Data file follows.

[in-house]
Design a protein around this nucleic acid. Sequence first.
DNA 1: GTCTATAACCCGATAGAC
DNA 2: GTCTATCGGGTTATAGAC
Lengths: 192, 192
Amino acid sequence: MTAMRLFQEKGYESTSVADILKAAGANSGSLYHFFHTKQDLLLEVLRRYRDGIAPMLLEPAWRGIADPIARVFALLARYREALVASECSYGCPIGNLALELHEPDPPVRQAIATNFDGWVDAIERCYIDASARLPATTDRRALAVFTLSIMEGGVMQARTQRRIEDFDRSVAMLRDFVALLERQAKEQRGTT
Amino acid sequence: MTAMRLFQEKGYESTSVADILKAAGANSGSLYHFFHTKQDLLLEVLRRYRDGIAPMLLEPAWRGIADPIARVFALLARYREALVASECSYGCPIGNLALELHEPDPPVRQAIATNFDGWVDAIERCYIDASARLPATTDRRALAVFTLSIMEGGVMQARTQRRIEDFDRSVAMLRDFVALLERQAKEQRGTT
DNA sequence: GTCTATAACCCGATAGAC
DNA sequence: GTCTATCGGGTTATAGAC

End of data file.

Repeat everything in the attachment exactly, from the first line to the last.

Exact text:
[in-house]
Design a protein around this nucleic acid. Sequence first.
DNA 1: GTCTATAACCCGATAGAC
DNA 2: GTCTATCGGGTTATAGAC
Lengths: 192, 192
Amino acid sequence: MTAMRLFQEKGYESTSVADILKAAGANSGSLYHFFHTKQDLLLEVLRRYRDGIAPMLLEPAWRGIADPIARVFALLARYREALVASECSYGCPIGNLALELHEPDPPVRQAIATNFDGWVDAIERCYIDASARLPATTDRRALAVFTLSIMEGGVMQARTQRRIEDFDRSVAMLRDFVALLERQAKEQRGTT
Amino acid sequence: MTAMRLFQEKGYESTSVADILKAAGANSGSLYHFFHTKQDLLLEVLRRYRDGIAPMLLEPAWRGIADPIARVFALLARYREALVASECSYGCPIGNLALELHEPDPPVRQAIATNFDGWVDAIERCYIDASARLPATTDRRALAVFTLSIMEGGVMQARTQRRIEDFDRSVAMLRDFVALLERQAKEQRGTT
DNA sequence: GTCTATAACCCGATAGAC
DNA sequence: GTCTATCGGGTTATAGAC